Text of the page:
Graduate Ag Research Spotlight: ​Drew Lugar

My research is immediately applicable to industry. Publishing and Extension are means to get research results directly to the producers who can use them.” -Drew Lugar, PhD student, Animal Sciences

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Although Drew Lugar’s family wasn’t directly involved in agriculture, he worked both in a veterinary clinic and as a hired hand for local cattle farmers near his hometown of Cherokee, Iowa. He went to Iowa State University intending to pursue veterinary medicine. The animal science curriculum sparked his interest in swine and prompted him to look at graduate school instead. He earned a master’s degree at Virginia Tech, where he co-managed the swine research facility, did his own applied research, and taught undergraduates in the classroom and lab. Lugar’s combination of skills led him into industry, working on commercial production sites for a swine research company. But he discovered he missed teaching. “A friend who knew I was thinking about getting a Ph.D. met [Purdue Assistant Professor of Animal Sciences] Kara Stewart at a conference, called me the next day and said, ‘Hey, you need to talk to her.’ It was a chance opportunity,” Lugar says. “She was doing the research that I was passionate about, and she was also into teaching.” He arrived at Purdue in June 2015 to study swine reproductive management under Stewart’s guidance.


Lugar’s research focuses on the male side of swine reproduction, both stressors and reproductive physiology. In one study, for example, he is assessing the effects of heat stress on boars’ reproductive performance and the mitigating effects of different dietary supplements to improve reproductive performance. Another study focuses on the major effect of in utero heat stress on the offspring’s future performance. The pragmatic nature of his work appeals to Lugar: “Once my research is published, producers can make adjustments immediately to improve their efficiency,” he says.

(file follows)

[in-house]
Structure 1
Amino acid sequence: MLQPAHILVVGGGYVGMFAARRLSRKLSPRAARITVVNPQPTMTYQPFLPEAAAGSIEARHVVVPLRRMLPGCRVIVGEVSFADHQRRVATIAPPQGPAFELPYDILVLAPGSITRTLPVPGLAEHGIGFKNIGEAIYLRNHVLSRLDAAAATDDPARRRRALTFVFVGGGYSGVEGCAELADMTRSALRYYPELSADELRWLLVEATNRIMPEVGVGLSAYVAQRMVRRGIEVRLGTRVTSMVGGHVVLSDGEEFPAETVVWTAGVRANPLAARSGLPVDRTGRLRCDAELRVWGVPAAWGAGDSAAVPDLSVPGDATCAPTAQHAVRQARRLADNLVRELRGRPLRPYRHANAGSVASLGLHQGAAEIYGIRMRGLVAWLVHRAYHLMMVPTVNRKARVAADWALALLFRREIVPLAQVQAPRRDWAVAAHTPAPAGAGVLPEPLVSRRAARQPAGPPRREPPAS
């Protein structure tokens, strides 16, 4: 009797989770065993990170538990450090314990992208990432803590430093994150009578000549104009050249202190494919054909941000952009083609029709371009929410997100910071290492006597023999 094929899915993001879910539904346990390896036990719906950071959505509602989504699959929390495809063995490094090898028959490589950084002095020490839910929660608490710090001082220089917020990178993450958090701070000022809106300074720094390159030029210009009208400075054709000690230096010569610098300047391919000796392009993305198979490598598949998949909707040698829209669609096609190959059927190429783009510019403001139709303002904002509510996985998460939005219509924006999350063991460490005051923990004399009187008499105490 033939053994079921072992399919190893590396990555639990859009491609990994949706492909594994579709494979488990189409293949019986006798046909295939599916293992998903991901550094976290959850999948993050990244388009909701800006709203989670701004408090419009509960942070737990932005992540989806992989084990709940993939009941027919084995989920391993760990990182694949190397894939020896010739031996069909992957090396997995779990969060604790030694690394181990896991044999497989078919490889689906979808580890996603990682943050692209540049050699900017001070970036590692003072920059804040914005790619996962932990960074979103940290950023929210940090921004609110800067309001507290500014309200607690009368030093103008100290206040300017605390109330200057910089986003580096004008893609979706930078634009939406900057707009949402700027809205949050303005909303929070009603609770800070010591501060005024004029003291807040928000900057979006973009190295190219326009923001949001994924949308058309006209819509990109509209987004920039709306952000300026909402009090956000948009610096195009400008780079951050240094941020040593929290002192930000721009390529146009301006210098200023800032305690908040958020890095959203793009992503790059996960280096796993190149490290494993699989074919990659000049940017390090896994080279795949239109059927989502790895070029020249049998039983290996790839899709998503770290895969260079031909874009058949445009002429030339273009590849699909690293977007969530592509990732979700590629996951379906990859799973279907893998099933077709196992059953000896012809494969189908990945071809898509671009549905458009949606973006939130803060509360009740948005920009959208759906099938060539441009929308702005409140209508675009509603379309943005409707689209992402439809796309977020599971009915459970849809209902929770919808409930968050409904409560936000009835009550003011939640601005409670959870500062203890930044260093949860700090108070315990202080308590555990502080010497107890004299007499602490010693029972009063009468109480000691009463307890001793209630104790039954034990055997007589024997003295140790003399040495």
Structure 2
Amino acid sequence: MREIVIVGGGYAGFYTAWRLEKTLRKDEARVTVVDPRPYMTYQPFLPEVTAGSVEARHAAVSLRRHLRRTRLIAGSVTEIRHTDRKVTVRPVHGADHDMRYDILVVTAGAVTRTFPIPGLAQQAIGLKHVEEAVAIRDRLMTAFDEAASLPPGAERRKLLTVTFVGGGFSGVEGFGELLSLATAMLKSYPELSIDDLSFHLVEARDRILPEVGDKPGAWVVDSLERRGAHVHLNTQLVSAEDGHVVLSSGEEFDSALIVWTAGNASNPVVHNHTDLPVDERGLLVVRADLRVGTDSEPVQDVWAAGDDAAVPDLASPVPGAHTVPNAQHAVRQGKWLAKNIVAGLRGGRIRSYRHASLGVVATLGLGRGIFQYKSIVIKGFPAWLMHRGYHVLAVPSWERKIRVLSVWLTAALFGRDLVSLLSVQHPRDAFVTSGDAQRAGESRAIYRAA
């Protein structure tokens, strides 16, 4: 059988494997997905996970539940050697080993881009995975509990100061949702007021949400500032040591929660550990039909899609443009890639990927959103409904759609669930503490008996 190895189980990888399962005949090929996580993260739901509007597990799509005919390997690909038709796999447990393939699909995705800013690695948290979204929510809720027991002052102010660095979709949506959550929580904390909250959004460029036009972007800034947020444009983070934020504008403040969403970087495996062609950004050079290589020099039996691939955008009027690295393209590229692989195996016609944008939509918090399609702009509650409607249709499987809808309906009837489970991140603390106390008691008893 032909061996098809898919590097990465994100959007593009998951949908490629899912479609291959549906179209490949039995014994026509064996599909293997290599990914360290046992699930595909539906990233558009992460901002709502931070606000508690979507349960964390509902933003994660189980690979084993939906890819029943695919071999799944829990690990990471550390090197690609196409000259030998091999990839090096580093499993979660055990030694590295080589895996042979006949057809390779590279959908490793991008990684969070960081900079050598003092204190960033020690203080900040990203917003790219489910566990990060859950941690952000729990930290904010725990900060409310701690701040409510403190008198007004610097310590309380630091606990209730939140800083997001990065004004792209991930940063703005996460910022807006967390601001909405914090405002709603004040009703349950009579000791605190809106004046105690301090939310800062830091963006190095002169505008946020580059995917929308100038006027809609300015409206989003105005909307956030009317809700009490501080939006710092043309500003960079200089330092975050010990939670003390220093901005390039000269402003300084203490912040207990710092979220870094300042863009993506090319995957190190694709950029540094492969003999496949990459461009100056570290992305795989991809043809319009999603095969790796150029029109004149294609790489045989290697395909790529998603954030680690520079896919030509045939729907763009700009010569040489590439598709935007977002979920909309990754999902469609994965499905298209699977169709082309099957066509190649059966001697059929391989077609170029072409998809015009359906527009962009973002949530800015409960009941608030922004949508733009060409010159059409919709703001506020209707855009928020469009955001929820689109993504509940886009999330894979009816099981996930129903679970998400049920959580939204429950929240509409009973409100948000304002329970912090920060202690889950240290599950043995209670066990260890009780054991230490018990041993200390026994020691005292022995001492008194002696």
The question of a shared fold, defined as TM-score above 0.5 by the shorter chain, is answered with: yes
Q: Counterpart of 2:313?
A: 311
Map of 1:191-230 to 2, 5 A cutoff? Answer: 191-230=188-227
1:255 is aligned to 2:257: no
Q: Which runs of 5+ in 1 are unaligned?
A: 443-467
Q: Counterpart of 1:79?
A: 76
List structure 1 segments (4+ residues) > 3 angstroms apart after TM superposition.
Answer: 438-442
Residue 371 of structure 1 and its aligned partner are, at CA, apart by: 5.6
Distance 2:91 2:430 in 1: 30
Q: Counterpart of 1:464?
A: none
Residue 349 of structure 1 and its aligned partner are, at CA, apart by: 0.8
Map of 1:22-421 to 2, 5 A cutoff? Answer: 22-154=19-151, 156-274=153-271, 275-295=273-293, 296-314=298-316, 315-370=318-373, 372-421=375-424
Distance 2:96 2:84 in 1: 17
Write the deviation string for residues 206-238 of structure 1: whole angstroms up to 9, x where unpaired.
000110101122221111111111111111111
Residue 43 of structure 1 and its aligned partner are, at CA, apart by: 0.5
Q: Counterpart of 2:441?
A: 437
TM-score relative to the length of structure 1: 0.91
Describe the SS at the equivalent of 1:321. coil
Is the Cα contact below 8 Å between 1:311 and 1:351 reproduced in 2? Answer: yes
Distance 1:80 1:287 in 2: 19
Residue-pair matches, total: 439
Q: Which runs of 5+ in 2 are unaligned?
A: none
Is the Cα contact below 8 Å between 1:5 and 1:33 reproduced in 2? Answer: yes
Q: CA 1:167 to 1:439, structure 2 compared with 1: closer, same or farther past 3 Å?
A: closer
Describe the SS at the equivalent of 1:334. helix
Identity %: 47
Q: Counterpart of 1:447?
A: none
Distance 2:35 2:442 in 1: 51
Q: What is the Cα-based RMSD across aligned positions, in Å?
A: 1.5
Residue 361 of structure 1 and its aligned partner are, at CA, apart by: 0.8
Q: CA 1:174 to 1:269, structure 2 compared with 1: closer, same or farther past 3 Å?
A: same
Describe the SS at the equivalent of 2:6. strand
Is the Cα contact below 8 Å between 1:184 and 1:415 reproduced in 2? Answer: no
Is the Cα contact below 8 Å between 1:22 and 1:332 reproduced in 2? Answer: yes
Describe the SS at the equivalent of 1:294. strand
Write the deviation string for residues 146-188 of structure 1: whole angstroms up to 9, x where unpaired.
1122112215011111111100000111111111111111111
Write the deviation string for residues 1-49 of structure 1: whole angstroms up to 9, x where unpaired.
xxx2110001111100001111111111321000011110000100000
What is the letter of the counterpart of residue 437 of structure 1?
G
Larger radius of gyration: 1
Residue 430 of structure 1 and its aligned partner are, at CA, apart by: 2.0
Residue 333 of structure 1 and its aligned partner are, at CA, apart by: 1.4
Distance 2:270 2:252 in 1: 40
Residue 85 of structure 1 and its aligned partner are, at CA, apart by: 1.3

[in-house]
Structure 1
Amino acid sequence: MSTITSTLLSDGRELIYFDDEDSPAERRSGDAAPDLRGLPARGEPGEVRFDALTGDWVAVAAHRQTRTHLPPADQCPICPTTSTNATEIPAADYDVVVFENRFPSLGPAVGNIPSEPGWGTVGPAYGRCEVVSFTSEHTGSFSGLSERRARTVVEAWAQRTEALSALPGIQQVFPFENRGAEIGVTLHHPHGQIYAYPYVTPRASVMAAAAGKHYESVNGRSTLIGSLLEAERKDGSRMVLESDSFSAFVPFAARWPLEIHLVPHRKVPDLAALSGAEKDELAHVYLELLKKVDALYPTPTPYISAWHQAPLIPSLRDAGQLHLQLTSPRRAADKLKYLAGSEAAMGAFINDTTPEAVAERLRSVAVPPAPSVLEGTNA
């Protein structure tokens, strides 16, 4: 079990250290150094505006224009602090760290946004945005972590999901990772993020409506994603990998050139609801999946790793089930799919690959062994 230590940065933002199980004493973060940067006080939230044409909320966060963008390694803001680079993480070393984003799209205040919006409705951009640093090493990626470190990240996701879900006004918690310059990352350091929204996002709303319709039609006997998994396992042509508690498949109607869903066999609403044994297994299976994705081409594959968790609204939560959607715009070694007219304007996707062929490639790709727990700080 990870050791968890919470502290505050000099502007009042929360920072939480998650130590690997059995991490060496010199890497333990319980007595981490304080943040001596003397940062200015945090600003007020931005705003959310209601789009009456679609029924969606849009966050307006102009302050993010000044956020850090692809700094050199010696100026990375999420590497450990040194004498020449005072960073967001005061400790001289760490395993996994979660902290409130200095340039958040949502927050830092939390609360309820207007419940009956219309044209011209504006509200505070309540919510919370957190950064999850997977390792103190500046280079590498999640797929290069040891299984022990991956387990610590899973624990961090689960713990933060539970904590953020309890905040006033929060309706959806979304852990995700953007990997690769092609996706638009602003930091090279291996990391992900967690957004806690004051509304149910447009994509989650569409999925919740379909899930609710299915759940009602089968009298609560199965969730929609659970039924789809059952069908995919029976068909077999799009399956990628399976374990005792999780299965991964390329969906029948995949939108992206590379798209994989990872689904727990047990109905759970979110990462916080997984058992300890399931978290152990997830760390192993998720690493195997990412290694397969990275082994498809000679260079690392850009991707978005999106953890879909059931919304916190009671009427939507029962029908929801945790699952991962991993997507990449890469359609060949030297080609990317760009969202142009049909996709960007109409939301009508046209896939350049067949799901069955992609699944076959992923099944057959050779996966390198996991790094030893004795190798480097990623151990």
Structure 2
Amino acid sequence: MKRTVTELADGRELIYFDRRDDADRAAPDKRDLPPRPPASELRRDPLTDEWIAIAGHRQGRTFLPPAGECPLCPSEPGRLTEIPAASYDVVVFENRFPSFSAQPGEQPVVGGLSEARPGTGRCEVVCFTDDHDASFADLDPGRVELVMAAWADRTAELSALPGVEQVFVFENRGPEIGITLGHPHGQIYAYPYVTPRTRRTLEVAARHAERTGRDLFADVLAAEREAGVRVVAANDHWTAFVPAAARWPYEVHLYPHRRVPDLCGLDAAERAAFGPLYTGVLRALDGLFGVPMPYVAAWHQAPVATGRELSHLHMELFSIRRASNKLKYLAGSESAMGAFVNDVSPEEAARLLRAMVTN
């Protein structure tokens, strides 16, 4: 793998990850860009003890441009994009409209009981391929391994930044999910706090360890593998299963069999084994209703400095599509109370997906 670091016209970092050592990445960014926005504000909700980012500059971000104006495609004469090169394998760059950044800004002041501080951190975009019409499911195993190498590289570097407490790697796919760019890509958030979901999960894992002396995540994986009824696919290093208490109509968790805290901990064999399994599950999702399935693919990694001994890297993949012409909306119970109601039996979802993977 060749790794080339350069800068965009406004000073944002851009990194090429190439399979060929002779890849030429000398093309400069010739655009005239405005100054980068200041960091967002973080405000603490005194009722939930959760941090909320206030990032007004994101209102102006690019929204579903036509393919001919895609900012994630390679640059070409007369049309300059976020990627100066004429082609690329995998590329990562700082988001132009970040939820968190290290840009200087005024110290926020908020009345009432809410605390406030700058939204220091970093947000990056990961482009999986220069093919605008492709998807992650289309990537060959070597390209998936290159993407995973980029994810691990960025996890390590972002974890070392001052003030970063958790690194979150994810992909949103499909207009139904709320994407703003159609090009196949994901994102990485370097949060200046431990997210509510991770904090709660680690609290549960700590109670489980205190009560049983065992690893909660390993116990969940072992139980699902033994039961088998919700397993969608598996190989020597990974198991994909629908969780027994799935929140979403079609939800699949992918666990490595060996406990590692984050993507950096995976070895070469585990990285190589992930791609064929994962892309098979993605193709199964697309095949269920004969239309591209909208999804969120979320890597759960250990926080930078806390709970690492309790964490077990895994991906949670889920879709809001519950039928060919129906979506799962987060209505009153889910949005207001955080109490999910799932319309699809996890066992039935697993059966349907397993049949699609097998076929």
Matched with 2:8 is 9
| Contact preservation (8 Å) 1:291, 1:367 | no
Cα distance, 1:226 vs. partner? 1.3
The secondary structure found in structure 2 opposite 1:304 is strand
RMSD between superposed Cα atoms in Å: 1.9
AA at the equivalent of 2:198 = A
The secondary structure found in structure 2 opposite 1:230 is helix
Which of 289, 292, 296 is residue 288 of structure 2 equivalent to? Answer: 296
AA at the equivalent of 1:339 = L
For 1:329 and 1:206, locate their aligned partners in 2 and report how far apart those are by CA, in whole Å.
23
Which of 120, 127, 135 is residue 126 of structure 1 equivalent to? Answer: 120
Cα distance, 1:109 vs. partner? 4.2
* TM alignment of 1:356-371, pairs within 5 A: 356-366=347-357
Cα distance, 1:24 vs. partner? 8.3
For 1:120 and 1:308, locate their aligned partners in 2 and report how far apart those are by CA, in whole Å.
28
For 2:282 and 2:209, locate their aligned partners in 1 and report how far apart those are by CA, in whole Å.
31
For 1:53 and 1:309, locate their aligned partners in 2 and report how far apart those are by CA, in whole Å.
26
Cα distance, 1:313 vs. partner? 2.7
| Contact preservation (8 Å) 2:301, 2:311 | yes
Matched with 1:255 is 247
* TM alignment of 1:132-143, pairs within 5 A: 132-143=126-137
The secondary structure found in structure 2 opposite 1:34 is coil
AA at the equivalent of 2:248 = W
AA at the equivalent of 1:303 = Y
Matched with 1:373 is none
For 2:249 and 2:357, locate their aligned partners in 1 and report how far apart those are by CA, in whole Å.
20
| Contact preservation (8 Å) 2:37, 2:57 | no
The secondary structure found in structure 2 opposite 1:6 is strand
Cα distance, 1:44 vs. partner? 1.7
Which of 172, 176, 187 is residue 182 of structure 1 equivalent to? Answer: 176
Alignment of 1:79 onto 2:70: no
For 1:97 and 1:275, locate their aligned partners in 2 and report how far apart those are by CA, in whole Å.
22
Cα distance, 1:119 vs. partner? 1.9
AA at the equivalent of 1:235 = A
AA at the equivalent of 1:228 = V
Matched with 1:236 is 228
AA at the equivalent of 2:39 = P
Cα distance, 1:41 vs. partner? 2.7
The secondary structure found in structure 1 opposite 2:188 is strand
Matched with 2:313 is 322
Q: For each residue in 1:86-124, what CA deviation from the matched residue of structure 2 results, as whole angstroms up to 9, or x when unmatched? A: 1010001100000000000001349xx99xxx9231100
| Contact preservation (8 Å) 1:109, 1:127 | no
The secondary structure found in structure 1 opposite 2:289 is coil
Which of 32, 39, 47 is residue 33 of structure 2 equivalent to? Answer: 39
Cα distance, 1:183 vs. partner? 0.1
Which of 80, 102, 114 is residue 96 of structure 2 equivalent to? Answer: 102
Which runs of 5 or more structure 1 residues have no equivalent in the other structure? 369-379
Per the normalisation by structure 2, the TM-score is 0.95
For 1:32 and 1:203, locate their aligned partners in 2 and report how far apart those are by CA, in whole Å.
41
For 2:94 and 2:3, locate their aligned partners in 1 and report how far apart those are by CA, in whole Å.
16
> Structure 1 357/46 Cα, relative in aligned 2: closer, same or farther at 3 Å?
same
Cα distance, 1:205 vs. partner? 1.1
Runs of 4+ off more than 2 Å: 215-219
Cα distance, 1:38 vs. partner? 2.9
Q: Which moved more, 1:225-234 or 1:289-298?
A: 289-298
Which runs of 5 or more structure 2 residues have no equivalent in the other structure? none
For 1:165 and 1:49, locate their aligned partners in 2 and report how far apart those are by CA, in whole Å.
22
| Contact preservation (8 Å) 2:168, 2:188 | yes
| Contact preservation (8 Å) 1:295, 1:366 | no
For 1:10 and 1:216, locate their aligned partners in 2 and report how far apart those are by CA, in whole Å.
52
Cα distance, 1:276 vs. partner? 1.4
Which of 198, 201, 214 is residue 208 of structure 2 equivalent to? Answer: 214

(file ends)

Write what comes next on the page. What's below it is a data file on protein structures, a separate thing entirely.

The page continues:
Lugar’s research has been the basis for press releases and educational videos that provide practical support to large and small-scale producers. He also has been involved in teaching 4-H members and other youth about livestock production. He received the 2017 Graduate Student Award from the Purdue University Cooperative Extension Specialists Association.


Lugar has enjoyed the many teaching opportunities that came his way at Purdue. After working with his advisor in the Domestic Animal Reproduction labs last semester, he’s now responsible for them. “Being able to work with undergraduates and helping develop them as future scientists is gratifying,” he says. “Keeping them excited about learning is key to being a good educator.” Lugar, who will complete his degree in August, hopes to apply that philosophy in a faculty position with a strong teaching component. In his spare time, he likes to rock climb, lift weights and spend time with his wife, a personal trainer, and their two mutts, Jasper and Remi.

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